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USC’s Cody Kessler is hoping for better results this time at Arizona State

USC quarterback Cody Kessler throws a pass in front of Arizona State linebacker Christian Sam during the Trojans' 38-34 loss to the Sun Devils at the Coliseum on Oct. 4, 2014.

USC quarterback Cody Kessler throws a pass in front of Arizona State linebacker Christian Sam during the Trojans’ 38-34 loss to the Sun Devils at the Coliseum on Oct. 4, 2014.

(Luis Sinco / Los Angeles Times)

Cody Kessler’s last trip to Arizona State did not go well.

Two years ago, in his first season as USC’s starting quarterback, he had two passes intercepted — one that was returned for a touchdown — in a 62-41 defeat that ended the Lane Kiffin era at USC.

But Kessler is looking forward to returning to Sun Devil Stadium for Saturday night’s Pac-12 Conference South Division game.

“I’m a big fan of away games,” Kessler said Tuesday after practice. “You’re kind of the underdog. There’s automatically adversity without you even stepping onto the field, just by the crowd.”

Kessler and the Trojans are attempting to put their most recent setback — a 41-31 loss to Stanford — behind them. To do it, they will need a better defensive performance and a more consistent offense, especially on third down.

Kessler, a fifth-year senior, is completing 79% of his passes, 10 for touchdowns, with no interceptions. He ranks third nationally in passing efficiency. He passed for 272 yards and three touchdowns against Stanford but was unable to rally the Trojans in the fourth quarter.

“I don’t know what more we could really ask of the guy,” Coach Steve Sarkisian said. “He’s playing at a high level.”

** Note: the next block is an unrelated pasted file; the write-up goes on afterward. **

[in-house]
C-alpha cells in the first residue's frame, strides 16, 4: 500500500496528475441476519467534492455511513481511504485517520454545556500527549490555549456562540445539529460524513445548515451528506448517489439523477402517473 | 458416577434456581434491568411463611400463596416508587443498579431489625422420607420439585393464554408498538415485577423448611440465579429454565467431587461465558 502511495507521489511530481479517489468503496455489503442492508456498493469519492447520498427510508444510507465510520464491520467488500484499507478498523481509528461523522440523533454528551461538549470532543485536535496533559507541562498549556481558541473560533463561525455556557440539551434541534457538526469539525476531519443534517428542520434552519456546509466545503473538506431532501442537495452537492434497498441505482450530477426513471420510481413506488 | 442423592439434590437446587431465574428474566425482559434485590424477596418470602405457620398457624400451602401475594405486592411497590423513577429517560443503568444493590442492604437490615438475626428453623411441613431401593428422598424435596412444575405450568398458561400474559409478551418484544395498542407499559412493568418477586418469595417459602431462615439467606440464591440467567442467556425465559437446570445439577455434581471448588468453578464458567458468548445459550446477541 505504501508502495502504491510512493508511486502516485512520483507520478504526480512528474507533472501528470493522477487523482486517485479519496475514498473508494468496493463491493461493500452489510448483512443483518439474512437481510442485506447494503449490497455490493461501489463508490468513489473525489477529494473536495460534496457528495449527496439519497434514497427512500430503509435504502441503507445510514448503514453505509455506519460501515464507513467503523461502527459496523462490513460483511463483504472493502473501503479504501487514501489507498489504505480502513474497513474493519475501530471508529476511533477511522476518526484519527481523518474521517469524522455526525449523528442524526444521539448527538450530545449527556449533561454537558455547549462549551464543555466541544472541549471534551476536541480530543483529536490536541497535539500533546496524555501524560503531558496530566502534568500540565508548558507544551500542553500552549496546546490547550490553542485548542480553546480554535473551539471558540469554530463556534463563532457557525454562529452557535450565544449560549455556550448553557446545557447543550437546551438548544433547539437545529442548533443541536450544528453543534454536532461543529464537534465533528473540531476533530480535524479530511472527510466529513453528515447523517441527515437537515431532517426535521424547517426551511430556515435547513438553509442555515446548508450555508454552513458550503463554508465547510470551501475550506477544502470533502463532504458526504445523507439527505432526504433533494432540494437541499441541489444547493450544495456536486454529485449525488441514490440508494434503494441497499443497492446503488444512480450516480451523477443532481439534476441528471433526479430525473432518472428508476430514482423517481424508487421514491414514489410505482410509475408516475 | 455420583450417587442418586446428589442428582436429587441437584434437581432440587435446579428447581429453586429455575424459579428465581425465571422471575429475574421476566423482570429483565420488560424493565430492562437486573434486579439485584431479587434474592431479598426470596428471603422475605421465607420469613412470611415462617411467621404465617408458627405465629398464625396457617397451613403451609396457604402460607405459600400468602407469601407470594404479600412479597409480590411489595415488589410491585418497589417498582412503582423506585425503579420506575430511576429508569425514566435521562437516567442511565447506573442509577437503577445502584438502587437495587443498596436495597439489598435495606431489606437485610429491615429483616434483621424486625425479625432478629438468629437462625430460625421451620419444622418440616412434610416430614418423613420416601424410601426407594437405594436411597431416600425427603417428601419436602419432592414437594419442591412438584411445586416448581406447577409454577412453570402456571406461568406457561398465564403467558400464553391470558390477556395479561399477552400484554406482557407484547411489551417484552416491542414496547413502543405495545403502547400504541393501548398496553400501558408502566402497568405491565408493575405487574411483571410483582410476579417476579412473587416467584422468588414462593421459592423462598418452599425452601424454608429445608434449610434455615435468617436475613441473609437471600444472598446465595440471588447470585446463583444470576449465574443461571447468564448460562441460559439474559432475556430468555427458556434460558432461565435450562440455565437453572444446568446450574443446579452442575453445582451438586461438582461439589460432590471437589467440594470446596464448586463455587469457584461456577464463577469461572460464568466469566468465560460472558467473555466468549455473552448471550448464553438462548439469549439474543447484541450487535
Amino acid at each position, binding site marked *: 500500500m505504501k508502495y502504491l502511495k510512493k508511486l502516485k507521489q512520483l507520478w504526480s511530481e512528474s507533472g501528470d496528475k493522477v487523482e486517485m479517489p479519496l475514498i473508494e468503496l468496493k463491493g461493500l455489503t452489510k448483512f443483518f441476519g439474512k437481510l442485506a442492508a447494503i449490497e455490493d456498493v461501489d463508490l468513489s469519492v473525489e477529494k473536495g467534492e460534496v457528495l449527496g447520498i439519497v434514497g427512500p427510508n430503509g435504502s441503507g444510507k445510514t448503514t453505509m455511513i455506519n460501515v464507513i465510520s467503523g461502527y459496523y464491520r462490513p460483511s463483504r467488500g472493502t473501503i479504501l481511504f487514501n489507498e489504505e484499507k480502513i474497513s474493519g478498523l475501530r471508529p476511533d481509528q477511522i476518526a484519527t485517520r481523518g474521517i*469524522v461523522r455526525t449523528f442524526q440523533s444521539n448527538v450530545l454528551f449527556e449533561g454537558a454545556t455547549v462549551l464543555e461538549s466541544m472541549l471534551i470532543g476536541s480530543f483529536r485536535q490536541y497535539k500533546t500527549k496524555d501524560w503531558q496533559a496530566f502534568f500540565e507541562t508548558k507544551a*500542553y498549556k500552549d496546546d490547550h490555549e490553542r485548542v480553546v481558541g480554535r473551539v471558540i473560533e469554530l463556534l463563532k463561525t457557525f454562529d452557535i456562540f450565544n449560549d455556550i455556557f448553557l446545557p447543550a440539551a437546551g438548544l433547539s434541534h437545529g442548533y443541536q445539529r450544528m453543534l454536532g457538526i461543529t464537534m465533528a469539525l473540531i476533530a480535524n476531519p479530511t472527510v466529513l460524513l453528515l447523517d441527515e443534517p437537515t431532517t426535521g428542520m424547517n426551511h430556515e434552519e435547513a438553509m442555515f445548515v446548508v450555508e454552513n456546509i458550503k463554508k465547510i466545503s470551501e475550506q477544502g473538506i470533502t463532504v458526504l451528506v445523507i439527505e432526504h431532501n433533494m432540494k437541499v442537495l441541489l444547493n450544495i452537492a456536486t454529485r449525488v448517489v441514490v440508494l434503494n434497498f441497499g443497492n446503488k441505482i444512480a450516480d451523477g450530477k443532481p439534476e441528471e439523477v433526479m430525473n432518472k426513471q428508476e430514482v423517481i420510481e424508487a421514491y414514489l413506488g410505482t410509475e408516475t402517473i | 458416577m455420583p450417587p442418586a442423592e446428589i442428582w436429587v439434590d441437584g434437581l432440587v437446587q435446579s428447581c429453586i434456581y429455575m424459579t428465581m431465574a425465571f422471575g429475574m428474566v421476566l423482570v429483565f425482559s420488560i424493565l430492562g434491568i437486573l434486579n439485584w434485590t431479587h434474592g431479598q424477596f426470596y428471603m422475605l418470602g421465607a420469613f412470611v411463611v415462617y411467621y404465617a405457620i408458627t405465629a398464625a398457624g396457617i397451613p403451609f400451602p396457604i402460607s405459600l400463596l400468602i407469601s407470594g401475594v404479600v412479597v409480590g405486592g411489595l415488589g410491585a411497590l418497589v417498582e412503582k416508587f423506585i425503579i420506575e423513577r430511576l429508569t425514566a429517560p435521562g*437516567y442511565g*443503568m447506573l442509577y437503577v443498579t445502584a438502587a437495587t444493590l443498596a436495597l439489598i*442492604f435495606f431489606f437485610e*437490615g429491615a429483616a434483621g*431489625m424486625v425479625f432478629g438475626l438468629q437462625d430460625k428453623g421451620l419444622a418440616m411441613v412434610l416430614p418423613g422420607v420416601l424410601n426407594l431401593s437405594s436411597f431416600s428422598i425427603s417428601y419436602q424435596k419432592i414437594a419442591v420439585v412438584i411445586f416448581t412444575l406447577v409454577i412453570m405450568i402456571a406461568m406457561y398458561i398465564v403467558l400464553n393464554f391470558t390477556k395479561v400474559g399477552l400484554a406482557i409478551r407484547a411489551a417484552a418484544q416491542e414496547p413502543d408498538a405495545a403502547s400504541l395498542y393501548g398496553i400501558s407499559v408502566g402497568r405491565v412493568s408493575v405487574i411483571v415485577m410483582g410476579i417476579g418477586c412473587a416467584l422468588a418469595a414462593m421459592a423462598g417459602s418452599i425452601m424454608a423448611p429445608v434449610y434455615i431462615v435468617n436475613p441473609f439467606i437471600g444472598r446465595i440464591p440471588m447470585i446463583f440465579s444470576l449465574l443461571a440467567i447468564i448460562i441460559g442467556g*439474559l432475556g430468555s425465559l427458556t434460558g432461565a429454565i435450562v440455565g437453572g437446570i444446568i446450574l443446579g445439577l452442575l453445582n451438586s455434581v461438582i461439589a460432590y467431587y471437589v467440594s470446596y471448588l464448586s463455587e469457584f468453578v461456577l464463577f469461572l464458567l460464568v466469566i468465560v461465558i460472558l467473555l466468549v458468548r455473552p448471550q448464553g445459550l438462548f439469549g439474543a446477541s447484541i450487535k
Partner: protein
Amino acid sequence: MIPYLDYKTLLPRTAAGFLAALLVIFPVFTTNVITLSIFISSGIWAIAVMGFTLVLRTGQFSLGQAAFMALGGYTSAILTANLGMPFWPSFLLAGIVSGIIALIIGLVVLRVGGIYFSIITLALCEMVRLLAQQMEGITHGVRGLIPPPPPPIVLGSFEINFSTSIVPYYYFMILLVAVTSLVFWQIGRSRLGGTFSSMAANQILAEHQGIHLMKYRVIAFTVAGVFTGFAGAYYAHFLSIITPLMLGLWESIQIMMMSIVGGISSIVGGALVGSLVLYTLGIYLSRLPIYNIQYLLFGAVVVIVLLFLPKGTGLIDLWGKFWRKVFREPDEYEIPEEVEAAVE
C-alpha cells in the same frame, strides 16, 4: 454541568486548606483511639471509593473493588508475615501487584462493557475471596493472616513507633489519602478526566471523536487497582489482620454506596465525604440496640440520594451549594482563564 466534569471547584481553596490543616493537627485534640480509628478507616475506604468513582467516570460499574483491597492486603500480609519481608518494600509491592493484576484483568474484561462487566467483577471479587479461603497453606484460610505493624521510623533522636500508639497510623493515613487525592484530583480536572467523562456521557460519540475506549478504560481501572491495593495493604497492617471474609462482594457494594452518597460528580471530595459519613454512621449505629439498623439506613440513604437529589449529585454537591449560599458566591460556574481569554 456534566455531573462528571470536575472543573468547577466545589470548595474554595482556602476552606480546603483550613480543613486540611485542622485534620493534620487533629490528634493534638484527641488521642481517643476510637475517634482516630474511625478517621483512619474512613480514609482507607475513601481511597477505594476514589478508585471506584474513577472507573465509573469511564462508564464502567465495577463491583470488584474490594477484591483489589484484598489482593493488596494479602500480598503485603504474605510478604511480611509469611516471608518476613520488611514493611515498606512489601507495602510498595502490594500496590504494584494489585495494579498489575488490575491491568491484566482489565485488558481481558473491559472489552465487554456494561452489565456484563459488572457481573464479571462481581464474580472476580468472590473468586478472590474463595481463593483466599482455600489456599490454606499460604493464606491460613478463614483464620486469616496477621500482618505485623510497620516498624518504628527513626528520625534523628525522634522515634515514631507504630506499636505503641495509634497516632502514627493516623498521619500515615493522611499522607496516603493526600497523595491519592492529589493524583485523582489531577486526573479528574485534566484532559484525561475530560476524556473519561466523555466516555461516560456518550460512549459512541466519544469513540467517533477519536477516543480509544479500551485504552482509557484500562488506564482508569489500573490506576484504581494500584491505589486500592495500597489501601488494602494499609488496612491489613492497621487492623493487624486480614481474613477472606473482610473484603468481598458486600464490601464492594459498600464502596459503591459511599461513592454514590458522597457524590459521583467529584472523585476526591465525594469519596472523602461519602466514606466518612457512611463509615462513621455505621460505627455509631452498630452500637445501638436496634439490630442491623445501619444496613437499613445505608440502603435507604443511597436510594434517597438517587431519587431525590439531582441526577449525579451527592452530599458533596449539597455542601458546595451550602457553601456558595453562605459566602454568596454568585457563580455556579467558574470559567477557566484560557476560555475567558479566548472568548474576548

Productive defender

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Linebacker Su’a Cravens made 13 tackles, including a sack, and broke up a pass against Stanford. Not that it made him feel any better.

“It wasn’t enough to get the win,” he said, “so it doesn’t matter.”

Cravens must continue to be a playmaker if USC hopes to rebound at Arizona State, which is 2-1 after last week’s victory over New Mexico.

Sarkisian said on Sunday that instilling a “bully mentality” in the defense remained a work in progress.

“We’ve always had it,” Cravens said. “It’s just deciding if we’re going to go out there and execute it every time we go out onto the field.”

Asked whether goals and instructions from coaches were getting lost in translation, Cravens said it was up to players to carry out the game plan.

“A lot of people say it’s the coaches, but sometimes it’s the players,” he said. “When we go out, we just have to execute our assignments.”

Moving on

Sarkisian said USC did not platoon against Stanford as much as it did in the first two games because the Cardinal “really taxed us mentally in the game. They gave us just a myriad of personnel groupings, formations. ... They really gave us a lot of stuff to try and make us think.

“And we just tried to keep the guys out there that we felt like could do the best of getting aligned, getting assigned and operating fundamentally.”

Did the USC coaching staff make adequate adjustments?

“Sure,” Sarkisian said. “I don’t have any problem about us making adjustments. I think at the end of the day we need to coach our guys better to finish on plays. ... We had to make some adjustments on the fly of different things they presented to us.

“I thought our guys handled it well. We went to some extra D-linemen, we moved our front around, so for the most part, yeah.”

Quick hits

Defensive tackle Antwaun Woods and linebacker Scott Felix did not practice because of sore shoulders, Sarkisian said. … Tailback Tre Madden (calf) was limited but said he would play Saturday. Cornerback Kevon Seymour (knee) also was limited.

gary.klein@latimes.com

Twitter: @latimesklein


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